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When a Contract Is Terminated, Is There California Wrongful Termination?

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San Jose, CASan Jose State track and cross-country coach Ron Davis filed a $2.25 million California wrongful termination lawsuit in Santa Clara County Superior Court against San Jose State last month. Davis claims he was racially discriminated against, which is in violation of the California wrongful termination law.

In May 2013, Davis’ attorney, Waukeen McCoy, announced that coach Ron Davis planned to file a wrongful-termination lawsuit against the school - one day after The Spartans, who hired Davis last spring with a one-year contract, announced that he would not be re-appointed. “We tried to resolve the issue prior to this point, but they [SJSU] have flatly refused to deal with us,” McCoy said.

Only two days after the former coach was fired, San Jose State announced the hiring of another coach. (During Davis’ tenure, the 2012-13 Western Athletic Conference men’s and women’s teams finished last - results which were in line with performances of previous teams, according to Mercury News.)

Davis, 72 years old and an African-American, is a member of the Spartans’ athletic Hall of Fame and former NCAA cross-country champion. In the lawsuit, Davis claims that the school terminated his contract after one year because it was racially biased - a violation of the California labor law. The suit further alleges that athletic director Gene Bleymaier mounted a campaign to oust Davis and caused emotional distress that led to heart tests and a recent stroke.

The university said Davis’ termination was straightforward: his one-year contract expired and was not renewed. A university spokesperson said “this is a personnel matter that we cannot discuss publicly other than to say the university has strict policies against discrimination and retaliation, and the university denies in the strongest terms any allegations that it discriminated or retaliated against Ron Davis in any way and for any reason,” according to the Mercury News.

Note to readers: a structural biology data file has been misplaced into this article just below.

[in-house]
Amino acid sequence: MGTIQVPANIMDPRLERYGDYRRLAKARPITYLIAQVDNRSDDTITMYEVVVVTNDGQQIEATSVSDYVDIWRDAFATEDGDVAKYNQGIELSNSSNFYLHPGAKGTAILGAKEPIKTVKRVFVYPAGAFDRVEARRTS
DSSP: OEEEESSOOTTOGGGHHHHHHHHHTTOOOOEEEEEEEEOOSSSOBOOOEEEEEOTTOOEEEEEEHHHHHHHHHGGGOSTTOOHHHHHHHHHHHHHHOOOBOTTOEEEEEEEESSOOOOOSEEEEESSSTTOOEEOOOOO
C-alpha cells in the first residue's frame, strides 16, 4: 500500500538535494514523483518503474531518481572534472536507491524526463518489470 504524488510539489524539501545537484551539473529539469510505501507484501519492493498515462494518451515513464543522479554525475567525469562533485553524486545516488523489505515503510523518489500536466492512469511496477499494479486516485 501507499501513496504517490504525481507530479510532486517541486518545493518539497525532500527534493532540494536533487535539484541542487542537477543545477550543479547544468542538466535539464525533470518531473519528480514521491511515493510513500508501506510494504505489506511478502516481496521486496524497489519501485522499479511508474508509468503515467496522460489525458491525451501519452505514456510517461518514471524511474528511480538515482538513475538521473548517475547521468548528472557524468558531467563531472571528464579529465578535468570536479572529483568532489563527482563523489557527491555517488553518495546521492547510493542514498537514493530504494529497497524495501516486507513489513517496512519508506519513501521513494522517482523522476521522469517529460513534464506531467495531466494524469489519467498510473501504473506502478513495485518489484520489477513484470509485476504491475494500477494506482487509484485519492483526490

The two most widely recognized types of employment-related lawsuits are wrongful termination - discharging an employee for invalid reasons, and discrimination - denial of equal treatment to employees of a protected class.

Research indicates that about 60 percent of employers can expect to be sued by a prospective, current or former employee, a statistic that increased over the past four or five years as the economy plummeted. Some people believe that employees take desperate measures in desperate times and are eager to jump on the wrongful-termination lawsuit “bandwagon.” But they don’t go looking to be wrongfully terminated.


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